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It's EITC Awareness Day!

It's EITC Awareness Day!

The IRS is in the middle of its EITC Awareness Day outreach campaign, partnering with members of the tax industry to spread the word about the Earned Income Tax Credit, which IRS Commissioner Chuck Rettig says can be extremely helpful for qualifying taxpayers.

Today marks the thirteenth anniversary of EITC Awareness Day, highlighting a credit that the IRS points out could be worth up to $6,431. That said, qualifying for the EITC can be a complicated process, depending on the taxpayer’s circumstances. To help with determining eligibility, the IRS provides an EITC Assistant, as well as a page dedicated to explaining the credit.  

The “Do I Qualify for EITC?” page on IRS.gov that is linked to in the press release breaks down a lot of the qualification information into handy bullets. The first series details basic prerequisites for claiming the credit:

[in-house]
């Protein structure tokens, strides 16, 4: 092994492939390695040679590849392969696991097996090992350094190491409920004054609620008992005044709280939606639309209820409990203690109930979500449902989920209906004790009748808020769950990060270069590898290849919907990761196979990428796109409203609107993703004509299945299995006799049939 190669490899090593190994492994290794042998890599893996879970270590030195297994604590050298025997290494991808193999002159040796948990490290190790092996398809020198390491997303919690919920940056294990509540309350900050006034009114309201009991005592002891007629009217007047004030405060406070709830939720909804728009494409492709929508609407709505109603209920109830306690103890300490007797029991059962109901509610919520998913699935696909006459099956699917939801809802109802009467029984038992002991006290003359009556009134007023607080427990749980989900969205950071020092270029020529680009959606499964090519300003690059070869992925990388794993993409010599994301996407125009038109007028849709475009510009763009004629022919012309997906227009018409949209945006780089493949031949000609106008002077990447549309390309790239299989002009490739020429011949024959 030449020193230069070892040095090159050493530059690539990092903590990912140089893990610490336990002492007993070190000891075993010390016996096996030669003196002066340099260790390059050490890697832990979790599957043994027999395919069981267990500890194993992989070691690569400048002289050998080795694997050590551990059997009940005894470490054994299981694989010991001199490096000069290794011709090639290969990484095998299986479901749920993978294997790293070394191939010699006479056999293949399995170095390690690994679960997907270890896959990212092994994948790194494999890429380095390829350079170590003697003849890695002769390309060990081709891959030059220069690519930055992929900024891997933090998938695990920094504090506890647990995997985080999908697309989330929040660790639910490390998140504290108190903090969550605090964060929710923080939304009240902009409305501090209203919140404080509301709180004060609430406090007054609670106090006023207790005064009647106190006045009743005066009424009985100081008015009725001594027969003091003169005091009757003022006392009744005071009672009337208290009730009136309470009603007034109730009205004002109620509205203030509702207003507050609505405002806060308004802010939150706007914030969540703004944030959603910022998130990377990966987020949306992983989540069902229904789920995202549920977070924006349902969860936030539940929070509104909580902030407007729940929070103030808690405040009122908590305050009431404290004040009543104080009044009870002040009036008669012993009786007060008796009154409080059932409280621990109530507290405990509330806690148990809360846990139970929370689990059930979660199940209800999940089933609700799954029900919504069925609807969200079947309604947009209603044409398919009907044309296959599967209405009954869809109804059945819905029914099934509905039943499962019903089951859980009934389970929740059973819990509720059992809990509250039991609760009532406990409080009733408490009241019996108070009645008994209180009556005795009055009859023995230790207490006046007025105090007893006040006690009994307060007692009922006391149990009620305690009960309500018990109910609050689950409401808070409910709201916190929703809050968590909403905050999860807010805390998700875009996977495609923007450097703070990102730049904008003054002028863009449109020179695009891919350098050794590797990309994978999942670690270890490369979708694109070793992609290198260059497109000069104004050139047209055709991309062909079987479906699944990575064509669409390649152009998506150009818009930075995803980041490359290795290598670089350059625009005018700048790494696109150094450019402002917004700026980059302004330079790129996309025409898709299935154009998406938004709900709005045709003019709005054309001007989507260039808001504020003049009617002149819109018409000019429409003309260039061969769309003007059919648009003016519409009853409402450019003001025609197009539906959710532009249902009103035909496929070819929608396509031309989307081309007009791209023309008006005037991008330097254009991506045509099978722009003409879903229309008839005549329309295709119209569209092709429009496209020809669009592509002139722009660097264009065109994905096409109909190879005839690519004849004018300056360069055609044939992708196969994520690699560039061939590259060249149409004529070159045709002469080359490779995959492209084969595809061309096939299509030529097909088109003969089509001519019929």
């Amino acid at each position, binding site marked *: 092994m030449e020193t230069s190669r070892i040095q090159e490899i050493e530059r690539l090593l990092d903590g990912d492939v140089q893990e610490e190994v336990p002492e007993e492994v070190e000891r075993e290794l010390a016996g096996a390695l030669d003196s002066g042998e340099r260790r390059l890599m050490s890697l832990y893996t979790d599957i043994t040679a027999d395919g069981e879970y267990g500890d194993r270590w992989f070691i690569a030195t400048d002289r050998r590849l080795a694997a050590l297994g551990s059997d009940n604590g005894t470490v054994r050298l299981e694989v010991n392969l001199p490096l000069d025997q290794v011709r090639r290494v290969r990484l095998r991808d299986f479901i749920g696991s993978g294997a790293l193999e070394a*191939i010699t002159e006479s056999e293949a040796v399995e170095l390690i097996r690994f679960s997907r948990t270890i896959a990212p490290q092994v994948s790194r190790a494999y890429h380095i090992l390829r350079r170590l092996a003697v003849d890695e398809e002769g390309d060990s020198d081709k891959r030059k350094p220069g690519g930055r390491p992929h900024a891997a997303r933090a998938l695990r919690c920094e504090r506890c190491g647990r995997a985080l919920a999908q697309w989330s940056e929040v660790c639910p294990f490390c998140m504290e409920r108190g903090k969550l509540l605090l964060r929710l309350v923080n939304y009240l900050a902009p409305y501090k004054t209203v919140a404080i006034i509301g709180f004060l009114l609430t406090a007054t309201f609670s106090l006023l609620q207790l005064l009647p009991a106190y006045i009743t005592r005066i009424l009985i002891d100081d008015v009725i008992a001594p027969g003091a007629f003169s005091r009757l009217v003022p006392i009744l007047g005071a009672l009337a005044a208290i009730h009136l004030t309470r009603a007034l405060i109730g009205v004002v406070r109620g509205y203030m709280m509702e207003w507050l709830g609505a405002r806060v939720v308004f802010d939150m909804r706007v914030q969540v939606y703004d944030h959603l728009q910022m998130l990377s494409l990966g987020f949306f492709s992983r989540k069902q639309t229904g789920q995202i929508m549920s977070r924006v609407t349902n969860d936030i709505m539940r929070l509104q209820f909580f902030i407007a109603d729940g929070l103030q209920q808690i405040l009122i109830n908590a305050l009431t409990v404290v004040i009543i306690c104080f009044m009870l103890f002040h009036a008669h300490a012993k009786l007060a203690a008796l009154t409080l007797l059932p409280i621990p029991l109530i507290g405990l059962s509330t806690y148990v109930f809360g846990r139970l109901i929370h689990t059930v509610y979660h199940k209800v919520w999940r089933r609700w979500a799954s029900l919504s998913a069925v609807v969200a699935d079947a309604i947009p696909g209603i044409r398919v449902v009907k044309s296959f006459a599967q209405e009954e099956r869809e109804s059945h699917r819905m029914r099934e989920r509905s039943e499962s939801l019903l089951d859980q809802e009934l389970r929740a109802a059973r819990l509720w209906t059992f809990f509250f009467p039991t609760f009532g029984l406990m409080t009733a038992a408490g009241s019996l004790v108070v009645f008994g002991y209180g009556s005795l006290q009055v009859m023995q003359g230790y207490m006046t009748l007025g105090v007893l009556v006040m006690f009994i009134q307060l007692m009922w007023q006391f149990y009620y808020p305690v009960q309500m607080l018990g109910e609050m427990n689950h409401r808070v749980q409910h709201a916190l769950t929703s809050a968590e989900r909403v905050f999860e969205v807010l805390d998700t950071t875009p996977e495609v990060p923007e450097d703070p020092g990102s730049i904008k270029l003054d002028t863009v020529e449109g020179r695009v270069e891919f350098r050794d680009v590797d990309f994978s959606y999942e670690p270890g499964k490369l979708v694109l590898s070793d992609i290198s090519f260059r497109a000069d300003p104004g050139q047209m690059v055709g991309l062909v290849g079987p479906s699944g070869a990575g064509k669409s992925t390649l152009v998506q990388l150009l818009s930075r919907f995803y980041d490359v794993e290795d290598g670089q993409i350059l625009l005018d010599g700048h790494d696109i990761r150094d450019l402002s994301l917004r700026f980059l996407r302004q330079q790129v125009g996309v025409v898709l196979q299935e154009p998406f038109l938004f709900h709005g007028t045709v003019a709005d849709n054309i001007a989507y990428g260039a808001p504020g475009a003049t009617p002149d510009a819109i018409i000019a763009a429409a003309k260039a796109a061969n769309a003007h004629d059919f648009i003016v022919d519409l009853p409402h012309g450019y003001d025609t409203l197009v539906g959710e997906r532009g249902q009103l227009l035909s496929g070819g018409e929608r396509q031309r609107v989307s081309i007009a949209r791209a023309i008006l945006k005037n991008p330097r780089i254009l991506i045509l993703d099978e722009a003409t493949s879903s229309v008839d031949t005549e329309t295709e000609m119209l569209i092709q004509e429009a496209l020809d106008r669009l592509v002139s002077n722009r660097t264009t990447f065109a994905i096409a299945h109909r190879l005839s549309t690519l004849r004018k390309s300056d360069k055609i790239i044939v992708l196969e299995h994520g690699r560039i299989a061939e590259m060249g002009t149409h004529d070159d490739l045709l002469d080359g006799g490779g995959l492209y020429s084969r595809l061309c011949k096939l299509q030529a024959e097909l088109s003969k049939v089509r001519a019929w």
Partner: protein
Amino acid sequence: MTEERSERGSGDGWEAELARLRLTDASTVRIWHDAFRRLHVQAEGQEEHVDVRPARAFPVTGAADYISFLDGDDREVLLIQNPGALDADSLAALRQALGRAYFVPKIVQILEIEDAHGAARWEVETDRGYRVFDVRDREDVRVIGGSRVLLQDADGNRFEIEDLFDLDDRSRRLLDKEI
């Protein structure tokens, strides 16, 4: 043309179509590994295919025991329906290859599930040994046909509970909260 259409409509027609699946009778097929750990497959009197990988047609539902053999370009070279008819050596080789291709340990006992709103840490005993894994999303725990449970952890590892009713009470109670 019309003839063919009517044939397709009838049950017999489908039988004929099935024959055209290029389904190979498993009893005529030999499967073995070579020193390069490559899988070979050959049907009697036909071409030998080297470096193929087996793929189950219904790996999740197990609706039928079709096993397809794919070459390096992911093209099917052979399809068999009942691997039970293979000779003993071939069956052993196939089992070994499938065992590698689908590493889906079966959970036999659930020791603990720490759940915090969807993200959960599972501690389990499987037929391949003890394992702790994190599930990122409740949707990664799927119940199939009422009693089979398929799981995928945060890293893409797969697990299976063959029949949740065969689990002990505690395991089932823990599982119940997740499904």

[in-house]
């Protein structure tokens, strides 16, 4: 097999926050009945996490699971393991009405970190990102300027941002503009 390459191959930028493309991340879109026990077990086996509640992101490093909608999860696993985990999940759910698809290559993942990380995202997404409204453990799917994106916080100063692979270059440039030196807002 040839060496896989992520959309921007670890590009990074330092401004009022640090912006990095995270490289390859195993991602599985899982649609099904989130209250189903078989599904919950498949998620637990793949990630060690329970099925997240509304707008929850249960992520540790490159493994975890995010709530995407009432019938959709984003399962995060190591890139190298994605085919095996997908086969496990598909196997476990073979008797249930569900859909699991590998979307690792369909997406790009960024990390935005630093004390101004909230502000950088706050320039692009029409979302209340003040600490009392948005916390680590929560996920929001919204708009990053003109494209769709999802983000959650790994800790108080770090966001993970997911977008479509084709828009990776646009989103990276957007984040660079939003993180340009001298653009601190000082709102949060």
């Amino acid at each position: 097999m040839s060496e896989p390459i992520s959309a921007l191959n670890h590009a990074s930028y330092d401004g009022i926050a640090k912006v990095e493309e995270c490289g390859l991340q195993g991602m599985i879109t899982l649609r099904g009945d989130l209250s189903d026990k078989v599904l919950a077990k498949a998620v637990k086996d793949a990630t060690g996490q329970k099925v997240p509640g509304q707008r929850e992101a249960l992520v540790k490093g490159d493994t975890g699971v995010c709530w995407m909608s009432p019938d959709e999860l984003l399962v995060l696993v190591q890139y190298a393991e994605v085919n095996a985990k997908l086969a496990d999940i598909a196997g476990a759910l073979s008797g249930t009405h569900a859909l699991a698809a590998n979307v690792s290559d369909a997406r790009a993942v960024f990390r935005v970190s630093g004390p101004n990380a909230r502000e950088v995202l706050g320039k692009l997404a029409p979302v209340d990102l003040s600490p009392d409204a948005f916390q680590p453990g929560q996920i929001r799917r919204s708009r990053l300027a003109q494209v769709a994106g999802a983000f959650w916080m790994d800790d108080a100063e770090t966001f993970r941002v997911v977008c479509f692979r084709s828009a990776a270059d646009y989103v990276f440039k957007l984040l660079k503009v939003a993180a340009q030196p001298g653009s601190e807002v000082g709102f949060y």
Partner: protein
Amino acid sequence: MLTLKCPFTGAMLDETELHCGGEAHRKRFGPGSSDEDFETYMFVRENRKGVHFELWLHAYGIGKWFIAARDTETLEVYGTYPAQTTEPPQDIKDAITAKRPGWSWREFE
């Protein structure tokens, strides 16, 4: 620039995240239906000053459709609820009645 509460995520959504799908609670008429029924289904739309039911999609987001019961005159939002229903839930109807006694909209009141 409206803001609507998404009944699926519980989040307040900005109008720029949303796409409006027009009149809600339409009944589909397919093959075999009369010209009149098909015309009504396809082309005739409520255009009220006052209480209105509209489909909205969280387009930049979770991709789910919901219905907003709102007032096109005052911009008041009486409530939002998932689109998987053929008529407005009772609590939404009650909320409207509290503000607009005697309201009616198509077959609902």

Other factors can affect the amount for which a taxpayer qualifies, like whether they are a member of the military or a church pastor. The IRS also reminds that taxpayers able to claim the full EITC credit due to having three or more children and meeting all other prerequisites could still benefit from other credits related to claiming dependents, like the new, refundable Child Tax Credit.

While EITC can be very helpful for families, the IRS says that filers need to make sure the information on their return is accurate. The agency also underscores the danger of tax-related scams that promise a larger EITC payout by fabricating information. If caught, the taxpayer may have to pay a penalty and need to file Form 8862, Information to Claim Earned Income Credit after Disallowance with subsequent EITC claims.

Check the IRS Twitter feed for more messages related to #EITCAwarenessDay.

Source: IRS Newswire

Ryan Norton

Whether designing superheroes, penciling caricatures, or just doodling, I always knew I was going to earn some sort of art degree while in college. That was my goal before I decided to trade Edgar Degas for Edgar Allan Poe during a Freshman English class. The BA in English soon morphed into a double-major in English and Philosophy, eventually becoming an MA in English. It only makes sense that I learned of a writing opportunity for a local marketing firm while teaching a first-year college English course. Before I knew it, I was writing and editing tax-related articles for Taxing Subjects, and this has been my home since 2014.